Queen Elizabeth II was not a huge football fan. That July 1966 afternoon, when Bobby Moore wiped himself down before shaking her gloved hand as she passed him the Jules Rimet trophy, was actually the last football match she attended before the Euro 96 final. After 1966, it was left to the likes of the Duchess of Kent to hand out the trophies at Wembley until, latterly, Prince William, an unlikely but committed Aston Villa fan, became the royal family’s football face, and eventually president of the FA.
The family’s association with football may have strengthened in recent years, but given much of the national mood, it still seemed a surprising move for the Premier League to lead the decision to stop football this weekend. “To honour her extraordinary life and contribution to the nation, and as a mark of respect, this Premier League match round will be postponed, including Monday evening’s game,” confirmed a statement. The Football League concurred, saying it was “aligned with the approach that the Premier League and the FA will take with their competitions this weekend”. The WSL and Scottish football followed suit.
For many supporters the inconvenience will prove costly, with non-refundable flights, hotels and trains having to be written off. Casual workers – stadium staff, security, car-park stewards, swag sellers, burger flippers, even humble hacks – will lose out, too. It remains to be seen how the football authorities respond to the inevitable complaints, though breath ought not to be held. The FA’s decision that all grassroots football would be cancelled also leaves kids, parents, and park/pub players kicking their heels this weekend. That Premiership Rugby goes ahead, the Oval Test resumes and the Great North Run starts only adds to the dismay, but beyond that righteous indignation, perhaps a moment of reflection, even from The Fiver.
Among the late Queen’s first year of engagements was her attending and presenting the trophy at the 1953 FA Cup final, the [Stanley] Matthews Final – Blackpool 4-3 Bolton – perhaps the greatest of all. Even if the Queen was no football fanatic, the span of her 70 years in which football has become almost unrecognisable from a time of 2-3-5, nailed-on studs and heavy, flannelette shirts reinforces her place in the game’s history.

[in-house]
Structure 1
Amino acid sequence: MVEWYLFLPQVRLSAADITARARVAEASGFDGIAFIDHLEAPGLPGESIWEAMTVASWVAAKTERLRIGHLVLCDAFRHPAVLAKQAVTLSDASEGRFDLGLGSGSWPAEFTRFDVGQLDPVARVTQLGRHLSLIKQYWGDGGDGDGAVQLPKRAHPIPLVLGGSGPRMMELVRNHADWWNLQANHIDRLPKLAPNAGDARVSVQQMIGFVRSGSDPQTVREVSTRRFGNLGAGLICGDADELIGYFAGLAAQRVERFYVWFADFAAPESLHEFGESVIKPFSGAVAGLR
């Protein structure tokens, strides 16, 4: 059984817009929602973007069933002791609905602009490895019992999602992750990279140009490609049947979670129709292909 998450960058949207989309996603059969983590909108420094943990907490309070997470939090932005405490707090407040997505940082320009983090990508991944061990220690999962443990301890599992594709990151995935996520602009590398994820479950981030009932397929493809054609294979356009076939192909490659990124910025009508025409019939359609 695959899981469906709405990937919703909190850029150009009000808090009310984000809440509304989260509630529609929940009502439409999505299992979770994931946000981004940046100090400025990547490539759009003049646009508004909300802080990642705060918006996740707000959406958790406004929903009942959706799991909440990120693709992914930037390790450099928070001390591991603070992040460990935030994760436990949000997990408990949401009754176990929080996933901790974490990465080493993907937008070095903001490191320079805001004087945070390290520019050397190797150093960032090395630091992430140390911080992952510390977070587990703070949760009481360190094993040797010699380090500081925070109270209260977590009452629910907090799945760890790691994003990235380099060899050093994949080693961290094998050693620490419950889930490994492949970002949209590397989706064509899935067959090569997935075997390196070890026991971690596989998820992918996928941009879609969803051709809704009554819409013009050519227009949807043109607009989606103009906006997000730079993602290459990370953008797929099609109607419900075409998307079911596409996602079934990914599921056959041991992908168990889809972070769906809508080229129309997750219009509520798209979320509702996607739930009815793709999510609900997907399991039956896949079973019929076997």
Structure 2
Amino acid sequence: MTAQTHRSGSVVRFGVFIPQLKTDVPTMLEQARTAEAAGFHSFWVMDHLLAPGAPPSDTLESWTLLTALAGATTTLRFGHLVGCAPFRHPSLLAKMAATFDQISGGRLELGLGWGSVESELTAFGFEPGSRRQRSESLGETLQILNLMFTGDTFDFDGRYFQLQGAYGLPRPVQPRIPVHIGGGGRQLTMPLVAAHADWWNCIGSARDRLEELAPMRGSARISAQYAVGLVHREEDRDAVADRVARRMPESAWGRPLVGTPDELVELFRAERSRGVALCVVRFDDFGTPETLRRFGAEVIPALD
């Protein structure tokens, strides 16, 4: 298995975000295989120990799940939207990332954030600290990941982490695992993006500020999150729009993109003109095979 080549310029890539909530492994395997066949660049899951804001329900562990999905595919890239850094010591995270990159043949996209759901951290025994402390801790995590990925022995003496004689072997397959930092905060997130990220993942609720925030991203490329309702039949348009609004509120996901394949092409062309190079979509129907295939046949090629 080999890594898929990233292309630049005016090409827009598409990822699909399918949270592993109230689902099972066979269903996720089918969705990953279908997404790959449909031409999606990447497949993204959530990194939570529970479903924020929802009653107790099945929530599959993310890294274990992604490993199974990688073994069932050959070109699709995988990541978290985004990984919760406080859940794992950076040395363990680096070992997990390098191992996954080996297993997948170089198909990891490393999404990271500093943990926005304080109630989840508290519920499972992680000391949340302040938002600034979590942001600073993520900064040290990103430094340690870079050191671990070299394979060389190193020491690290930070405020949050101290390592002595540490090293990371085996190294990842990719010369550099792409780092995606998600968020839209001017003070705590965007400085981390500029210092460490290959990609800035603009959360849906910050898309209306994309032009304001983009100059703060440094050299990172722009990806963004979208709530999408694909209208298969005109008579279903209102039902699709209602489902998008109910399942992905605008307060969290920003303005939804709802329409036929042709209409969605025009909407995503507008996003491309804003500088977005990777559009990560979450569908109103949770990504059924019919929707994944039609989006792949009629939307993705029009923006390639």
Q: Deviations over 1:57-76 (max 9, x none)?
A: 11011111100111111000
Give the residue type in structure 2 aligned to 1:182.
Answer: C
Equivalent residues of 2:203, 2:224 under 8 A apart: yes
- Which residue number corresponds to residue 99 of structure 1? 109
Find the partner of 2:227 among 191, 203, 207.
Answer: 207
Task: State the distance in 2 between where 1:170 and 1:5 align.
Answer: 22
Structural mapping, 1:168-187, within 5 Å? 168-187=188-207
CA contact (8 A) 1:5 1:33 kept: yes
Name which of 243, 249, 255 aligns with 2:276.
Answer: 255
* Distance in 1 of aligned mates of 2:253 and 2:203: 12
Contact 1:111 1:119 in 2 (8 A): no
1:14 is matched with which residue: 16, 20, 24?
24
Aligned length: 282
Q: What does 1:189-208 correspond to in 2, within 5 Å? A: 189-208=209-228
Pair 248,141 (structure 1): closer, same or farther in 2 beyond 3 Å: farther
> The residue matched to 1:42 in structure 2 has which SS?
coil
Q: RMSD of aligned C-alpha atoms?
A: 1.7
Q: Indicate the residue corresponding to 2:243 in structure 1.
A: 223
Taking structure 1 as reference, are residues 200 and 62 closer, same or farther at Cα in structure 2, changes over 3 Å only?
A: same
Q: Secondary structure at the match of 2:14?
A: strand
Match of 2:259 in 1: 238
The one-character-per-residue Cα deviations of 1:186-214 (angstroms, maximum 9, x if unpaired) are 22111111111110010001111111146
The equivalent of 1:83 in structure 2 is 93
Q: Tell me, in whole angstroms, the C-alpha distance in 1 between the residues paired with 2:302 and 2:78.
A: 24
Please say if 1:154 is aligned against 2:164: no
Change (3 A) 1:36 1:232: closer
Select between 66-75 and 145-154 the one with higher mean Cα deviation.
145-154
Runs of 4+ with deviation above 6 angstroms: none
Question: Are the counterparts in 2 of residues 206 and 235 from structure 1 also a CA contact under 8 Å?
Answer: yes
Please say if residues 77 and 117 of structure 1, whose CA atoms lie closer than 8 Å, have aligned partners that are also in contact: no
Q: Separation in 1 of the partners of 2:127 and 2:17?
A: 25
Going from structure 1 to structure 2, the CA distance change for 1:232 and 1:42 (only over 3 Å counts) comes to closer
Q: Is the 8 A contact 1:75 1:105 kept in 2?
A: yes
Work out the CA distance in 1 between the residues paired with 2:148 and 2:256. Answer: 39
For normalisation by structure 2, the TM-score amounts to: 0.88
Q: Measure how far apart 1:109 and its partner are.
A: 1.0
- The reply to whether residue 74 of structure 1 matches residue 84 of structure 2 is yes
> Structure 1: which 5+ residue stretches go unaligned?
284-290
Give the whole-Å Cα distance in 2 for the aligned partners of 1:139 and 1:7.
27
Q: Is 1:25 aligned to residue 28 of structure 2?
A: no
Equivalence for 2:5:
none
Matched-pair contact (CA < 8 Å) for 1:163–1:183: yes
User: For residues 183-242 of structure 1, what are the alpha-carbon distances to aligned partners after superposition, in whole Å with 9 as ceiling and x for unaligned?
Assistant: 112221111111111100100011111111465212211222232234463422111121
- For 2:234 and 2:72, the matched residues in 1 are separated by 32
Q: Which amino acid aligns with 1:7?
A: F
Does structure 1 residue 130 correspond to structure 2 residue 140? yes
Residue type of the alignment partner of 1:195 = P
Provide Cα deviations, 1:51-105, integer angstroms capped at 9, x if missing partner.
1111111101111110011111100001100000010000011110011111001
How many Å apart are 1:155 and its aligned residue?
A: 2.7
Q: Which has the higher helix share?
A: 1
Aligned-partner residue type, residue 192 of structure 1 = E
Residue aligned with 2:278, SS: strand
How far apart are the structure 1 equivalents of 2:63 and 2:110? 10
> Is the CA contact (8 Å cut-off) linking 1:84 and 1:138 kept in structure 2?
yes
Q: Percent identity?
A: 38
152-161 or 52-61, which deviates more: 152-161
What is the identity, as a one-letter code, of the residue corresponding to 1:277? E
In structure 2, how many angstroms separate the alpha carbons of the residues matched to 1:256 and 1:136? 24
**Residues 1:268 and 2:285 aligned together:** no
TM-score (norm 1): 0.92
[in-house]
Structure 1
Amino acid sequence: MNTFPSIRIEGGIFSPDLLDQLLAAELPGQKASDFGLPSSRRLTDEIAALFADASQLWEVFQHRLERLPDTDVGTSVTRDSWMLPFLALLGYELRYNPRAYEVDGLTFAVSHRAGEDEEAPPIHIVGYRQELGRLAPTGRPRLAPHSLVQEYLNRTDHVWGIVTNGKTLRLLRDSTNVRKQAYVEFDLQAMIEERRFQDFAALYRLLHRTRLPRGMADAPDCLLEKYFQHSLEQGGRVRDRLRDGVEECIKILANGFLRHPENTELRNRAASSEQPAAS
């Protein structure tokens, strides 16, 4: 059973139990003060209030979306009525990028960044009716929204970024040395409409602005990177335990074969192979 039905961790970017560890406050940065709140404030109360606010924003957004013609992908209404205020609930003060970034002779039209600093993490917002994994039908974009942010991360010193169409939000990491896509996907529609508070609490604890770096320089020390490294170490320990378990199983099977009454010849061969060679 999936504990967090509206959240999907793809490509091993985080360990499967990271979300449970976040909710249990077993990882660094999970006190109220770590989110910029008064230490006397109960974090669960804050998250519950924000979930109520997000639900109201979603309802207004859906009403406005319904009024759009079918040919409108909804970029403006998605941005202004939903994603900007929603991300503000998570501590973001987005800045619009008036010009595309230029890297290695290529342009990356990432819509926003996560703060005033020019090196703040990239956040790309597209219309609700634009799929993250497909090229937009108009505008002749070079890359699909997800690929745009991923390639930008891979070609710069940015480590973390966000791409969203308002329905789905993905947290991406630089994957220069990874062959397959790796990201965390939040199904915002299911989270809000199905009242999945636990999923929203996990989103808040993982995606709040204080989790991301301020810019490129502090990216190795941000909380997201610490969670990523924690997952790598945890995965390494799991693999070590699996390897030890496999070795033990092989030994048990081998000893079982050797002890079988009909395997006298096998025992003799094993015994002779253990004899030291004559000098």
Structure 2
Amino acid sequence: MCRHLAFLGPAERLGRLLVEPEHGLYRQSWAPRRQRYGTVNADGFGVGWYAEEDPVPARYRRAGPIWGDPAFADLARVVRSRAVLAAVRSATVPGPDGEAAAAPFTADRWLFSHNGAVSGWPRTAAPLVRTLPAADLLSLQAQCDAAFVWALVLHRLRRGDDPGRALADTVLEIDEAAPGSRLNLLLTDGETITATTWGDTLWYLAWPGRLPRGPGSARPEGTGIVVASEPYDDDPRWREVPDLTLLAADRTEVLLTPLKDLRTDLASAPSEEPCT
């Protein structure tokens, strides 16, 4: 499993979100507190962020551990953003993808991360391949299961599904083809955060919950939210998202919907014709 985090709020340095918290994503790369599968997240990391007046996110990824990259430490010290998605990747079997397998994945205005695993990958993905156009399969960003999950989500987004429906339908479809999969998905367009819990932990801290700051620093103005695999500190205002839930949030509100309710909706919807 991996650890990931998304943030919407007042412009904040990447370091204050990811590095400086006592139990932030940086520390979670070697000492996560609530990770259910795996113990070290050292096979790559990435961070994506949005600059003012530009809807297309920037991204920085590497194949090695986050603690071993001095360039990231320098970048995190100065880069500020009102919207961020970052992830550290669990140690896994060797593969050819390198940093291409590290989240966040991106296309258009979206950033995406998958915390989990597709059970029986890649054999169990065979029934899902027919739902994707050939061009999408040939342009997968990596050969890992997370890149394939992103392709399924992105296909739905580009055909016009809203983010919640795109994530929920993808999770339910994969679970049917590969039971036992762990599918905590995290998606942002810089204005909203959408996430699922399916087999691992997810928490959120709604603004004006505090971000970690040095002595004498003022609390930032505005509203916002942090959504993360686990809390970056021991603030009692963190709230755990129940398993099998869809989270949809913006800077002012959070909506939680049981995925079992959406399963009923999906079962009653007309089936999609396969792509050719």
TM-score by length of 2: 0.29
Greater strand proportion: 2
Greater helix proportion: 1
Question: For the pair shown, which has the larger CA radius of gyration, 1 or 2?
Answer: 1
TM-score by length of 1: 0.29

QUOTE OF THE DAY
“We believe football is at its finest when bringing people together at times of huge national significance – be those moments of joy or moments of mourning. Our view, which we shared with the football authorities, is that most supporters would have liked to go to games this weekend and pay their respect to the Queen alongside their fellow fans. Not everyone will agree, so there was no perfect decision for the football authorities, but many supporters will feel this was an opportunity missed for football to pay its own special tributes” – the Football Supporters’ Association argues that the British game has squandered an opportunity to pay tribute to the Queen.
NEWS, BITS AND BOBS
Shamrock Rovers have condemned their fans who engaged in “highly insensitive and callous” chants about the Queen’s death, at the Europa Conference League game against Djurgården.
TalkSport have sidelined former player Trevor Sinclair from appearing on air for a tweet he posted in relation to the Queen’s passing.
Arsenal opened their Europa League campaign with a 2-1 win at FC Zürich, with both teams observing a minute’s silence for the Queen before the second half kicked off.
Manchester United lost 1-0 at home to Real Sociedad in a sombre Europa League game at Old Trafford, while West Ham fought back to beat FCSB 3-1 amid a similar atmosphere in the Conference League match at the London Stadium.
PSG are contemplating legal action after some of their supporters may have “damaged their reputation” by getting involved in violent crowd trouble before the Conference League match between Nice and Cologne, in which 32 people were injured.
Wales will host Bosnia-Herzegovina on 6 October in their Women’s World Cup playoff semi-final, while Scotland are at home to Austria on the same date.
Amnesty International has warned that staging the men’s World Cup in Saudi Arabia would be “virtually impossible” if Fifa applies its human rights criteria to any bid it makes, amid reports the country wants to host the men’s 2030 tournament.
Graham Potter has signed a five-year deal worth more than £50m at Chelsea.
And Galatasaray have snapped up free agent Juan Mata on a two-year deal.
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